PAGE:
Dependency Management Data is now a lot easier to work with when using Software Bill of Materials

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On Sunday night I released v0.100.0 of dependency-management-data, a huge release in a few ways.

First of all, it is in name a very large numerical release milestone to hit, and incidentally release number 158, and corresponded with me hitting post number 1000 on my blog.

Secondly, it introduces a much revised model for consuming and interacting with Software Bill of Materials (SBOMs).

When I first added support for SBOMs in September 2023 (as part of v0.38.0) I was primarily working with SBOMs that GitHub produced, and while I was there, added general support for a few SBOM formats.

As it came clear to me through feedback from a few prospective users, including through some discussions while at State of Open Con 2024, the SBOM support in dependency-management-data was a little shoddy.

In particular, this shoddy implementation was due to an assumption around the expectation that we should always have a Repo Key for our dependencies, which allows tracking which source repository a dependency scan comes from.

However, one thing I soon found out with SBOMs is that they don't have that information available, for instance as it may be provided to you by a vendor, built from a container, a binary, or you're just not going to as easily be able to work out where it came from.

Assuming that a Repo Key exists when performing a scan with renovate-graph is very reasonable, as renovate-graph is pointed at a source repository. But when you're scanning binaries, that's not the case.

This assumption led to quite a rough edge when working with SBOMs, which was slightly reduced with the dmd import bulk command, but the requirement to know which repo a scan is for up-front was still the big concern.

After starting to look at this 3 months ago I ended up deprioritising it, as it was quite a hard problem, as the dependency-management-data codebase expects that Repo Key to be used.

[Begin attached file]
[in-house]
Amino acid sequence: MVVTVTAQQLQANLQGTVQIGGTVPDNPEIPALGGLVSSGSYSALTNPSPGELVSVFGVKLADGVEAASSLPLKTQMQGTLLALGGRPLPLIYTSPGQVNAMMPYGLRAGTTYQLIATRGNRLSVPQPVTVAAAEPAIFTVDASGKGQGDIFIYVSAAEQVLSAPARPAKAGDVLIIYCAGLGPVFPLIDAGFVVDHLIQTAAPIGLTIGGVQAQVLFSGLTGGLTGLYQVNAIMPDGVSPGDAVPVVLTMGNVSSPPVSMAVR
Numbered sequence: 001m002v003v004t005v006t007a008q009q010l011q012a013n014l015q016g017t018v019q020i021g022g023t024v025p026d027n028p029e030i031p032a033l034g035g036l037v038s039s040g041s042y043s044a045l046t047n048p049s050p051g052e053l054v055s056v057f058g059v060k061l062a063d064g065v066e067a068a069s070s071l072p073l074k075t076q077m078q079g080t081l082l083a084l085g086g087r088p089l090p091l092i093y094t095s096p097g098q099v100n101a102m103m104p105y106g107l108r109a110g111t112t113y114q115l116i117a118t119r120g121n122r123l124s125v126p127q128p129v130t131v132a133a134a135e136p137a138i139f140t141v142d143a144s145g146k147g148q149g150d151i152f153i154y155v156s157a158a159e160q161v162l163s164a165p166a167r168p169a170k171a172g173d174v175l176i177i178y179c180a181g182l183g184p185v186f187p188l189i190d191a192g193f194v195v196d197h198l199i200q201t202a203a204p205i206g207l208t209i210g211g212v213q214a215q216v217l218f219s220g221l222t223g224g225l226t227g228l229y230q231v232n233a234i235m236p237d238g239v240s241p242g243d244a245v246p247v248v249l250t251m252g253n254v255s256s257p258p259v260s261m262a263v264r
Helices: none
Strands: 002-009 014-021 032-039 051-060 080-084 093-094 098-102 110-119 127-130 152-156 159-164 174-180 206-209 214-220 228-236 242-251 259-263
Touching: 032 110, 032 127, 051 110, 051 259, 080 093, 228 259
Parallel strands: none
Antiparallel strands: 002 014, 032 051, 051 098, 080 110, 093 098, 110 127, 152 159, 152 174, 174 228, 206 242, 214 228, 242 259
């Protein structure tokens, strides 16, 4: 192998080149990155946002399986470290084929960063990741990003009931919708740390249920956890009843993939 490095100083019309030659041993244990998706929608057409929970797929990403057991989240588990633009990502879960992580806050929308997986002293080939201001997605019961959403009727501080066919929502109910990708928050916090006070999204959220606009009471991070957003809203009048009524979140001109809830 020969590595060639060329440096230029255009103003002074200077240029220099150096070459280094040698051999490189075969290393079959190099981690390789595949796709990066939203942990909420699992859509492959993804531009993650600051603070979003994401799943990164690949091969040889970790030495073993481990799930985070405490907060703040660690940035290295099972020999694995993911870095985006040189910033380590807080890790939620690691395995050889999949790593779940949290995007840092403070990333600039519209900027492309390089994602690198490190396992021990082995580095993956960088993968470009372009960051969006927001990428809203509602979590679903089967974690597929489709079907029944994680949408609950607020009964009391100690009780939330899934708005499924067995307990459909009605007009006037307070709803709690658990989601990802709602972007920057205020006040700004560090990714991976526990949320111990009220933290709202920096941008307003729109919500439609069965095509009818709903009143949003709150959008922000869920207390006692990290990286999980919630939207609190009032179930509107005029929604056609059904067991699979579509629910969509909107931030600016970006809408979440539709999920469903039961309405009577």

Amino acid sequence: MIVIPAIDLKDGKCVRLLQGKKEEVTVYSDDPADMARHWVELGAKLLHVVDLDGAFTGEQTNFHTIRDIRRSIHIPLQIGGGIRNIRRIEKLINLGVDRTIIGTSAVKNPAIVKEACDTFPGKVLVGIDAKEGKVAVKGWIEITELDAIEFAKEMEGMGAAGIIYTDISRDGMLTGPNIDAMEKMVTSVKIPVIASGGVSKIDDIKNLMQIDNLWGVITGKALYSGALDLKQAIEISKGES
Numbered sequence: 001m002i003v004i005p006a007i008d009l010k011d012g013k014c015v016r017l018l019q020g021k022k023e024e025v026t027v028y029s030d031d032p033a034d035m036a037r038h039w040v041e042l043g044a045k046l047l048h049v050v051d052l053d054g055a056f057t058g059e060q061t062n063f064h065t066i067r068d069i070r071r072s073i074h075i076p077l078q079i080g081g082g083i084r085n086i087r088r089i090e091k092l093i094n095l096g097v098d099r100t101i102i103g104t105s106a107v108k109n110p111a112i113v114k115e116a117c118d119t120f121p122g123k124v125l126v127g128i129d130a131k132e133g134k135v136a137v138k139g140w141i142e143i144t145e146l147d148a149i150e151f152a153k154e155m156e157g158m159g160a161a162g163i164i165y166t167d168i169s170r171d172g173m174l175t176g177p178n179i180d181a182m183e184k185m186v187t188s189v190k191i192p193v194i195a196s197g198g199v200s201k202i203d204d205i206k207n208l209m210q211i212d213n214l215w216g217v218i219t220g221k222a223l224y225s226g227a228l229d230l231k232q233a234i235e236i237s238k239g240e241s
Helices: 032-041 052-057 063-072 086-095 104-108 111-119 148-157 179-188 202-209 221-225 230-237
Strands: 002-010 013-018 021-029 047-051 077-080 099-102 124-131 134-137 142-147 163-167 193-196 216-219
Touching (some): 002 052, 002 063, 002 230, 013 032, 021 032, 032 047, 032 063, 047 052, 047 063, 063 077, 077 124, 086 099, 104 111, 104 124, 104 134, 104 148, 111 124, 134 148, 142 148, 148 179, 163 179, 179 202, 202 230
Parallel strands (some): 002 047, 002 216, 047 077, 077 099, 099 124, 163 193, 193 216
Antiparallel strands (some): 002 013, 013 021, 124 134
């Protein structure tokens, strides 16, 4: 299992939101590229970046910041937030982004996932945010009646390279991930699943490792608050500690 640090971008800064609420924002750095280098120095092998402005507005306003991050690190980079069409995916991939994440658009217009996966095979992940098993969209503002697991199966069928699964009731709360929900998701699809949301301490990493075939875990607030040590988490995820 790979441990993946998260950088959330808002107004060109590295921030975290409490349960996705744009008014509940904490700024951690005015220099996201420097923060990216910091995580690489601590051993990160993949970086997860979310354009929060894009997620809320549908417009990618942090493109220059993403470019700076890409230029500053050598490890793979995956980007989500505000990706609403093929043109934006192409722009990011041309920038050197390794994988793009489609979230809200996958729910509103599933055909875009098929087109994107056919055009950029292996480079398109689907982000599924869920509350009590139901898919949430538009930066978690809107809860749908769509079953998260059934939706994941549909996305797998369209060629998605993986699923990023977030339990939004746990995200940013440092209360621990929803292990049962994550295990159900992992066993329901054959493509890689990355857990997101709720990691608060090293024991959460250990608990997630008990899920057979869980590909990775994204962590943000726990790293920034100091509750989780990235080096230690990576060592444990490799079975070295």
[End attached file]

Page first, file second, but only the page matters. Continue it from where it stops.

Well, as of Sunday's release, SBOMs are much easier to work with, as the Repo Key is now optional for SBOMs, and we instead ??

Previously, you would have to run:

dmd import sbom --db dmd.db sbom/requests_earthboundkid_9ab79a0c8b462518a3adac7c4ca21289eb2557f4.json --platform github --organisation earthboundkid --repo requests

However, now you can run:

# auto-detect the `component_name` column
dmd import sbom --db dmd.db sbom/requests_earthboundkid_9ab79a0c8b462518a3adac7c4ca21289eb2557f4.json

And if you manage to work out which repository the SBOM was produced from, you can add that metadata later, instead of requiring it up-front.

Additionally, this allows for a few other ways to import the SBOM data:

# or override the `component_name`
dmd import sbom --db dmd.db sbom/requests_earthboundkid_9ab79a0c8b462518a3adac7c4ca21289eb2557f4.json --component-name github.com/earthboundkid/requests
# or say that this is a vendor-provided SBOM
dmd import sbom --db dmd.db sbom/mux_gorilla_db9d1d0073d27a0a2d9a8c1bc52aa0af4374d265.json            --vendor ExampleCorp --product 'Web Server'

Hope to hear feedback about the new approach, in particular how the new component_metadata table can be used to provide that metadata.

Written by Jamie Tanna's profile image Jamie Tanna on , and last updated on .

Content for this article is shared under the terms of the Creative Commons Attribution Non Commercial Share Alike 4.0 International, and code is shared under the Apache License 2.0.

#dependency-management-data #sbom.

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